Pension funds ‘skirting climate responsibilities’

Responsible investment campaign group ShareAction has claimed that many big UK pension schemes are skirting their responsibilities on climate change despite new regulations.

ShareAction said  the majority of  the large pension funds — called master trusts — are delegating responsibility for voting their shares and climate engagement activity to their asset managers.

It said that “without  direction  from asset owners, asset managers are free to vote without a mandate.”

ShareAction said it analysed 16 of the largest UK pension schemes, managing £34 billion for 16 million people, on their approach to climate change.

ShareAction said its research reveals that 14 of the 16 — all apart from Nest and TPT Retirement Solutions — are “not directly engaging” with large global companies on their role in the climate crisis.

The pension schemes reviewed were: Fidelity Master Trust; Legal & General WorkSaveMaster Trust; Aegon Master Trust; Scottish Widows Master Trust; Standard Life Defined Contribution Master Trust; Aviva Master Trust; LifeSight (Willis Towers Watson); Mercer Master Trust; Aon MasterTrust; Atlas Master Trust (Capita Employee Benefits); Nest; The People’s Pension (B&CE); Smart Pension; SEI Master Trust; NOW: Pensions; and TPT Retirement Solutions.

“Pension funds were required from 1 October 2019 to publish policies on how they specifically incorporate climate change and other environmental, social, and governance issues in their investments,” said ShareAction.

“But ShareAction finds the vast majority are falling short.

“Looking at these policies, ShareAction puts only Nest, the government-backed pension scheme with 8.5 million members,  in the leading category.

“Nest actively engages its asset managers on its voting policy, and is transparent about talks with companies and the outcomes.

“Furthermore, it is reducing its exposure to fossil fuel stocks and increasing investment in companies which will benefit from the low-carbon transition.

“TPT, scoring in the category below, also provides evidence of direct climate engagement through the Climate Action 100+ initiative.”

ShareAction added: “By contrast,  the majority of  the large pension funds (called master trusts) are delegating responsibility for voting their shares and climate engagement activity to their asset managers.  

“This is concerning because regulations require schemes to have their own policy on so-called stewardship activities, including voting  and engagement. Without  direction  from asset owners, asset managers are free to vote without a mandate.”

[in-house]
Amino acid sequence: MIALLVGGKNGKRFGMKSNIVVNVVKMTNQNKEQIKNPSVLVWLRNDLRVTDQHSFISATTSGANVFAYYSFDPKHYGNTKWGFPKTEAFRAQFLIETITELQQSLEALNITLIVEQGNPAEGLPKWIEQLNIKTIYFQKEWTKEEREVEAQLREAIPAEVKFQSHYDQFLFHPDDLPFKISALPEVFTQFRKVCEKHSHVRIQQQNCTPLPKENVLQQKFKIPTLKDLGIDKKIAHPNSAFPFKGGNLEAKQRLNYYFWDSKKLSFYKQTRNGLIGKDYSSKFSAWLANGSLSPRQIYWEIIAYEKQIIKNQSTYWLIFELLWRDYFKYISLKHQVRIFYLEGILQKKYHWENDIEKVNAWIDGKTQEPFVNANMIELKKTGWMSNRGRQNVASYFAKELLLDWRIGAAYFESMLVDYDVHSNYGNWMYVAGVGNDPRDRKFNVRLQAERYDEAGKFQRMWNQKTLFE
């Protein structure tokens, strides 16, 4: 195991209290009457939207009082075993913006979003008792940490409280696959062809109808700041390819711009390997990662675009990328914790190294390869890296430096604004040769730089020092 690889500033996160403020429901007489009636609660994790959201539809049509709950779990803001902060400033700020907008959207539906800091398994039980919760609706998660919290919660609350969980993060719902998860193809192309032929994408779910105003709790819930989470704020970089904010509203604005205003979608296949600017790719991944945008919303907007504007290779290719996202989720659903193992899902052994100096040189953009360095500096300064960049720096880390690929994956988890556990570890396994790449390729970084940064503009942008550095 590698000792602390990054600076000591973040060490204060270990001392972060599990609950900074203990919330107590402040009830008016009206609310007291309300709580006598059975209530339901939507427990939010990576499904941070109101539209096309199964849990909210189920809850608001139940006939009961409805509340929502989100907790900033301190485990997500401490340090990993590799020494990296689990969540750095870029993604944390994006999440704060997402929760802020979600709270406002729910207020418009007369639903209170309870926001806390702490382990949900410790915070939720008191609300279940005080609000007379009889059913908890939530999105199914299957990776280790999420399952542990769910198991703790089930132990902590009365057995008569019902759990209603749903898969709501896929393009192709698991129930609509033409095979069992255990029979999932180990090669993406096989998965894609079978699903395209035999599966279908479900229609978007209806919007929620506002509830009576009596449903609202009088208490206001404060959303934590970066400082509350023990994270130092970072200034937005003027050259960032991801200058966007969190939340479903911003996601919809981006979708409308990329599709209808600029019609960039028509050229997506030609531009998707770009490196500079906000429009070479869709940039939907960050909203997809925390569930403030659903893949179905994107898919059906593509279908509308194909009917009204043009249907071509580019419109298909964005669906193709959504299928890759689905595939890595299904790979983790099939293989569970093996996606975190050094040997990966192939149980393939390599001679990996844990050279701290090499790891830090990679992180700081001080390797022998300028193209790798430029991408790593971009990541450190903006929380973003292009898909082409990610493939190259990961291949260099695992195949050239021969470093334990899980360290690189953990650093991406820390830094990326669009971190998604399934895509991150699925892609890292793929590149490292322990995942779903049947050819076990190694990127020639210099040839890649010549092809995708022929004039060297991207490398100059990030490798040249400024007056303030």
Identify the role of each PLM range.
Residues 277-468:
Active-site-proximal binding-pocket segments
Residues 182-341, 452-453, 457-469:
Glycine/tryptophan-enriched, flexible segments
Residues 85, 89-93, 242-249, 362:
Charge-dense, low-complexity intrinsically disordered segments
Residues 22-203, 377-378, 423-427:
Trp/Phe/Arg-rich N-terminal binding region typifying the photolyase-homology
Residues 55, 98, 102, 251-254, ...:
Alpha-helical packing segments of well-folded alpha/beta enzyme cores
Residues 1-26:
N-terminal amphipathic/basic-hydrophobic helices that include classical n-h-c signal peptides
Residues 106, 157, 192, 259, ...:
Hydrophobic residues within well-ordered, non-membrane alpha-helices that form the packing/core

Lauren Peacock, campaigns manager at ShareAction and author of the report, says: “Millions of savers are putting their life savings into the hands of pension funds who are playing a dangerous game with it.

“By passing the buck on climate change, they give little comfort that the world and their savings will be protected come retirement.

“Younger savers are beginning to connect the dots between their personal finances and their impact on the planet. 

“We hope these master trusts sit up and listen to these findings before it’s too late.”

Rachel Neill, head of sustainable investment at Smart Pension, said: “ShareAction’s report demonstrates the progress that’s been made in the master trust space on ESG and stewardship and is also clear on where more can be done. 

“Millions of savers have their retirement outcomes in the hands of trustees and as these assets continue to grow, responsible investment, stewardship and the impact that investment decisions are having, will continue to be central to trustees’ fiduciary duty. 

“Being able to show how a scheme’s investment activity reflects things like the climate emergency helps to give members reassurance on the decisions that are being made on their behalf. 

“As the report notes, bolder, smarter thinking is required to address some of the world’s toughest challenges.

“Continuously learning, evolving and exploring new ways of having a positive impact on these challenges is going to help to create a world we all want to retire in.”